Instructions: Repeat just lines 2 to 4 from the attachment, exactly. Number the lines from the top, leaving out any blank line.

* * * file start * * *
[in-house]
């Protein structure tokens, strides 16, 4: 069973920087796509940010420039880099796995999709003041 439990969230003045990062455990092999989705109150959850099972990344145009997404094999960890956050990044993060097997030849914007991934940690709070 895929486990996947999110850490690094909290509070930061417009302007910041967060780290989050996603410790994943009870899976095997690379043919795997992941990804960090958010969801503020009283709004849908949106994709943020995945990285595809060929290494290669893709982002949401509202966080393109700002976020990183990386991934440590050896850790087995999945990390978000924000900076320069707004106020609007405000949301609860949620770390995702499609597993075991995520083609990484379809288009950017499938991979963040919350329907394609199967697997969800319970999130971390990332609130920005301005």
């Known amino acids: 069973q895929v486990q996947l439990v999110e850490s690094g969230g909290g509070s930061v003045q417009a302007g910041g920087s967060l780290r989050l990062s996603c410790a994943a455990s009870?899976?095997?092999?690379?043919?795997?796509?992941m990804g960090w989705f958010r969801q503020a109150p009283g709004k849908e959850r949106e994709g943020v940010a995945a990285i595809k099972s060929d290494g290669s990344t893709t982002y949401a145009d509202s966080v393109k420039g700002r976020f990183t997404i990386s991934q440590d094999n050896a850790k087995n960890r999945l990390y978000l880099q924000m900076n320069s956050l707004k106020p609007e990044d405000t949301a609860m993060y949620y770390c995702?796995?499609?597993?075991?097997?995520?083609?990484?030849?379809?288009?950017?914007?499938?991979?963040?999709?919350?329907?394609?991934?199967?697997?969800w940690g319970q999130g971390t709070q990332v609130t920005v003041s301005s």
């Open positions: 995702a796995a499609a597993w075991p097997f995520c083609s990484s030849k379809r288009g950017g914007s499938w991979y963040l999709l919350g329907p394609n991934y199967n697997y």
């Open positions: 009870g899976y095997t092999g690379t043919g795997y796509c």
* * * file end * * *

């Protein structure tokens, strides 16, 4: 069973920087796509940010420039880099796995999709003041 439990969230003045990062455990092999989705109150959850099972990344145009997404094999960890956050990044993060097997030849914007991934940690709070 895929486990996947999110850490690094909290509070930061417009302007910041967060780290989050996603410790994943009870899976095997690379043919795997992941990804960090958010969801503020009283709004849908949106994709943020995945990285595809060929290494290669893709982002949401509202966080393109700002976020990183990386991934440590050896850790087995999945990390978000924000900076320069707004106020609007405000949301609860949620770390995702499609597993075991995520083609990484379809288009950017499938991979963040919350329907394609199967697997969800319970999130971390990332609130920005301005």
């Known amino acids: 069973q895929v486990q996947l439990v999110e850490s690094g969230g909290g509070s930061v003045q417009a302007g910041g920087s967060l780290r989050l990062s996603c410790a994943a455990s009870?899976?095997?092999?690379?043919?795997?796509?992941m990804g960090w989705f958010r969801q503020a109150p009283g709004k849908e959850r949106e994709g943020v940010a995945a990285i595809k099972s060929d290494g290669s990344t893709t982002y949401a145009d509202s966080v393109k420039g700002r976020f990183t997404i990386s991934q440590d094999n050896a850790k087995n960890r999945l990390y978000l880099q924000m900076n320069s956050l707004k106020p609007e990044d405000t949301a609860m993060y949620y770390c995702?796995?499609?597993?075991?097997?995520?083609?990484?030849?379809?288009?950017?914007?499938?991979?963040?999709?919350?329907?394609?991934?199967?697997?969800w940690g319970q999130g971390t709070q990332v609130t920005v003041s301005s």
């Open positions: 995702a796995a499609a597993w075991p097997f995520c083609s990484s030849k379809r288009g950017g914007s499938w991979y963040l999709l919350g329907p394609n991934y199967n697997y």